I believe that digitising archival content in this way is a vital part of the role of a modern archive – not only does it allow the archivists to keep a more accurate record of what they have (because lets be honest there are still plenty of boxes marked e.g. “letters” or “photographs” without even vague indexes of the contents let alone detailed information – and I’m guessing that’s common particularly in large collections with limited volunteers and cash) but it also means that more material can be made accessible without people having to travel to the archive and/or original material being damaged. However, I have to admit that photos aren’t really where my interest lies – I am a texts kinda girl (even in Classics I often avoid the art history elements in favour of textual analysis).
This project was sort of a holding pattern within the Archive which is currently making the switch over to AToM as part of its accreditation process.. (I am really looking forward to seeing it in action but haven’t yet had the chance)

It is perhaps not surprising then that I have moved on to doing work in the library section of the archive. Mainly I have simply been inputting data from the backlog of books that hadn’t yet made it onto the system- however, I am also trying to help push forward a new cataloguing structure for the library and hopefully also suggest some helpful additions that will make it more user friendly on the internet as well as more searchable.
The problem is pretty much the same as any specialist library in that no standard system exists that goes into sufficient detail to divide the books  that are held and simultaneously many would normally be categorised as though they were completely unrelated. Therefore I have been trying to devise a structure that both connects and differentiates whilst remaining broadly user friendly.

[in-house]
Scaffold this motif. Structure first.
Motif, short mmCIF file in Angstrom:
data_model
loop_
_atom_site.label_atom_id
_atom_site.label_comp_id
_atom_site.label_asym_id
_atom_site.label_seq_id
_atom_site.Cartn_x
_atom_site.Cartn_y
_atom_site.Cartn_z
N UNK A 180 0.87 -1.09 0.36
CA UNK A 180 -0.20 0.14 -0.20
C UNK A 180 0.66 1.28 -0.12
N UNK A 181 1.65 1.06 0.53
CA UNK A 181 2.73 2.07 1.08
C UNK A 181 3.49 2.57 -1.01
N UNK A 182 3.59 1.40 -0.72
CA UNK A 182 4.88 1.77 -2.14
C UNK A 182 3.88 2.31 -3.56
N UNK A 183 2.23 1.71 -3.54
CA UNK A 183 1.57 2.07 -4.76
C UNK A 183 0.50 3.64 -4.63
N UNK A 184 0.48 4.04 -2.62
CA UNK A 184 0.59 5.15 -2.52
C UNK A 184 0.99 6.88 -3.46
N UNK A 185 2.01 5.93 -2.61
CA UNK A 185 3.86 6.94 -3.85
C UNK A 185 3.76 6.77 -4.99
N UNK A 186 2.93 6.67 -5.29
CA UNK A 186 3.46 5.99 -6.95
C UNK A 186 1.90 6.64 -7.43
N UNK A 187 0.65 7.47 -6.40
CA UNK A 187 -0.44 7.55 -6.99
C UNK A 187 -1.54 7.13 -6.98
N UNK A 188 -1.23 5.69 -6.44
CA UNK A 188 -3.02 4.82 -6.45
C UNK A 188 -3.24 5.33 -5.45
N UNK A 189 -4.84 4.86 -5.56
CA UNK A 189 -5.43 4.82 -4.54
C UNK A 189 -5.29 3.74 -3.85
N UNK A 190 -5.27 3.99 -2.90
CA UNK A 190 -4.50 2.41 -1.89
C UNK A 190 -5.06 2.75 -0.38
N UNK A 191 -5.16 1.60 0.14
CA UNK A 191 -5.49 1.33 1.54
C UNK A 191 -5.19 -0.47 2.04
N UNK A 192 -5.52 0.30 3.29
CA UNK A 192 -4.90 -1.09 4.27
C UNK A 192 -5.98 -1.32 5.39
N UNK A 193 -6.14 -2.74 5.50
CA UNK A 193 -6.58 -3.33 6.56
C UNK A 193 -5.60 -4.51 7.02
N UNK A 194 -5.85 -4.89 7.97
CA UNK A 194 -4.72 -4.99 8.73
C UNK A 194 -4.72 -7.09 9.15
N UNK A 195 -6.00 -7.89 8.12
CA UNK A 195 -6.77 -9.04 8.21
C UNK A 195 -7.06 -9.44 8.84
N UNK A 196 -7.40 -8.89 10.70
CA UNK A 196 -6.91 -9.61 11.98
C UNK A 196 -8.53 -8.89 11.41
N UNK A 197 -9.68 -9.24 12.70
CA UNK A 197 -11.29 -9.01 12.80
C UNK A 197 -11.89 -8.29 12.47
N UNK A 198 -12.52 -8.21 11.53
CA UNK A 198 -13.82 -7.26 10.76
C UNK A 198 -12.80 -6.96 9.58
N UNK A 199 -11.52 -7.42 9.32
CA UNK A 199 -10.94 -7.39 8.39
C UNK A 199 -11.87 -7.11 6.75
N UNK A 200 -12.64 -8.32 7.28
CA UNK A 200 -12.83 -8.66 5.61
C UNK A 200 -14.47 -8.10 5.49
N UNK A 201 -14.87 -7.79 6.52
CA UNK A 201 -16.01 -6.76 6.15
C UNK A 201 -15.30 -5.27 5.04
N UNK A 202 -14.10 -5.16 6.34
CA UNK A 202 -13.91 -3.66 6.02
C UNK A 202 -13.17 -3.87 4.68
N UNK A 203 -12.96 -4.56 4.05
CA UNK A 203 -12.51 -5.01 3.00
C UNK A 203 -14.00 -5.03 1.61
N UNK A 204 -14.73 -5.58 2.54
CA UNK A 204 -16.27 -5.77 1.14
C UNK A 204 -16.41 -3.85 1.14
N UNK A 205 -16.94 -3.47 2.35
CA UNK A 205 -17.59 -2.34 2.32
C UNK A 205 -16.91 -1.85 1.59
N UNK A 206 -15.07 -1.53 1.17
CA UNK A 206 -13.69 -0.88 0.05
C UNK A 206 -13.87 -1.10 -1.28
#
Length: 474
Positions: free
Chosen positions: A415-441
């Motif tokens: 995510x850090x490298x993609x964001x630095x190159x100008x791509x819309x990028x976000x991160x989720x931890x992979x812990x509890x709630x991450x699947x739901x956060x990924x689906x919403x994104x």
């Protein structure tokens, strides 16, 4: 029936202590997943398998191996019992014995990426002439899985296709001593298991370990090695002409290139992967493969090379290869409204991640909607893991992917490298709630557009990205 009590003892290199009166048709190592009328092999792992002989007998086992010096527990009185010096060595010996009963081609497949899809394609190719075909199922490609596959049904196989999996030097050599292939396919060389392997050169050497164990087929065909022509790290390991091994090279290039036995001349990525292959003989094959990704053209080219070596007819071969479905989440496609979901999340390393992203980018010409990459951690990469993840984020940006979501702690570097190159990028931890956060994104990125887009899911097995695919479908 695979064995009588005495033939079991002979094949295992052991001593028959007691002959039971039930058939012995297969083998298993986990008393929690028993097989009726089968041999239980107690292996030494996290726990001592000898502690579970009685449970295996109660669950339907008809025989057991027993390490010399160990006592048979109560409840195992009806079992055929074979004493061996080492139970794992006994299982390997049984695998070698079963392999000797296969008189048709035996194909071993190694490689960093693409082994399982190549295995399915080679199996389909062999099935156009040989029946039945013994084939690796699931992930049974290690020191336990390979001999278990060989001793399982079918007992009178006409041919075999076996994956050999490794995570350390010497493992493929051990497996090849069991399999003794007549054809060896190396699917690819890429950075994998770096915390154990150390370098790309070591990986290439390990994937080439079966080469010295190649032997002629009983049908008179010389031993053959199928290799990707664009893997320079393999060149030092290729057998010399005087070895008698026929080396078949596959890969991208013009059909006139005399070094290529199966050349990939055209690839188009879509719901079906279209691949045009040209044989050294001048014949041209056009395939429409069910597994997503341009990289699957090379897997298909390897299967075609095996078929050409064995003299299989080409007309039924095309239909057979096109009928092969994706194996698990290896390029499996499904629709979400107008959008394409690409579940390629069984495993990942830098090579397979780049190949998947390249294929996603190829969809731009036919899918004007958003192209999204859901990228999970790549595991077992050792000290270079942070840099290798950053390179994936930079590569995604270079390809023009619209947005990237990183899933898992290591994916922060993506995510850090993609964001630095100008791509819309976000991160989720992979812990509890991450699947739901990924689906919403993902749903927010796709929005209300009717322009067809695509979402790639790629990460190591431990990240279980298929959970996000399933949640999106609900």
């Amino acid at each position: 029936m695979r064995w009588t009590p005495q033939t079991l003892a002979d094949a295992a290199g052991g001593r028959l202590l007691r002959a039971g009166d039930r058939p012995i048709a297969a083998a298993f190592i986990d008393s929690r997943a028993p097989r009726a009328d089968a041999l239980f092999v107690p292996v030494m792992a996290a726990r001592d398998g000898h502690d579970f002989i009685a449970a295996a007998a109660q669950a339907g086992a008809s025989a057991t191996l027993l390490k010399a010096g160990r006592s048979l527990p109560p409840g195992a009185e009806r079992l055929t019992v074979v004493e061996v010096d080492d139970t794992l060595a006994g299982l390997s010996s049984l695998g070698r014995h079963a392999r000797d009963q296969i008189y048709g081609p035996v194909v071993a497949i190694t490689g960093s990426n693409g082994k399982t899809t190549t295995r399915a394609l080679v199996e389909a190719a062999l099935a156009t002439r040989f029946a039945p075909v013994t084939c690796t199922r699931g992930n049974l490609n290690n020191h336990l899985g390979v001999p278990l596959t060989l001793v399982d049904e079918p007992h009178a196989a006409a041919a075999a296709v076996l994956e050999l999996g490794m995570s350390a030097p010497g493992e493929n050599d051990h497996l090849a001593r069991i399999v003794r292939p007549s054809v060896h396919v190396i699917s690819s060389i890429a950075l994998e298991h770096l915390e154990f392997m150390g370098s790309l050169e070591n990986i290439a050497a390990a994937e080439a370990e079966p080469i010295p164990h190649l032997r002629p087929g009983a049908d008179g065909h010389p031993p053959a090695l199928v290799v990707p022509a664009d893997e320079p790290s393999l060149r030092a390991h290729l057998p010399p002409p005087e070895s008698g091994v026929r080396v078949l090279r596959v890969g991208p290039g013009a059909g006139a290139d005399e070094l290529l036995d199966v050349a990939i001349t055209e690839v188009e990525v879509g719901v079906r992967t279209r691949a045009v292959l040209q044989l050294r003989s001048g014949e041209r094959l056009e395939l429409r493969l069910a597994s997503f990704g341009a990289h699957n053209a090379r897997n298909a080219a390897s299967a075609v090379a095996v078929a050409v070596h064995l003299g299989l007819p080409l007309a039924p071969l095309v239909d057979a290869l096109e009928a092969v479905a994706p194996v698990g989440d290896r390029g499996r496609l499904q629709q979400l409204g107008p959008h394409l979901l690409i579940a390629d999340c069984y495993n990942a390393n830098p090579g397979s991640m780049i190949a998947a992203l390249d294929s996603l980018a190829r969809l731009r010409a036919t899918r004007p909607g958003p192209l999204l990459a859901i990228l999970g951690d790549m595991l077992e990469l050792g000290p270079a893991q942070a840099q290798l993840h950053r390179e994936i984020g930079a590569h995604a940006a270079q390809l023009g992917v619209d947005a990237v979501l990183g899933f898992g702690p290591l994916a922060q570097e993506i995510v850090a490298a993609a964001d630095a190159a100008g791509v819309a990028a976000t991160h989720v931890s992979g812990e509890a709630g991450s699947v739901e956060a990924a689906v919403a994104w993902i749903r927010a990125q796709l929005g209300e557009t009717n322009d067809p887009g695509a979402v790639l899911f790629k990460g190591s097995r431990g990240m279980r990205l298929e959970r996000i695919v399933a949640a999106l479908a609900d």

This means that I had to work out was important to the average researcher and consider how to prioritise items at the intersections of different topics. Luckily I have had 2 helpful start-points; primarily 1 of the archive founders wanted the new system to be analogous to her home library in that it would be based around differentiating firstly power sources  and then processes and industries and as a secondary guide I had the existing lists of categories used for keywords and pamphlet collections. It also turns out that many of the archive users are localists who search for information about regions or counties and that my structure would have to make it easy to zoom into location within any topic.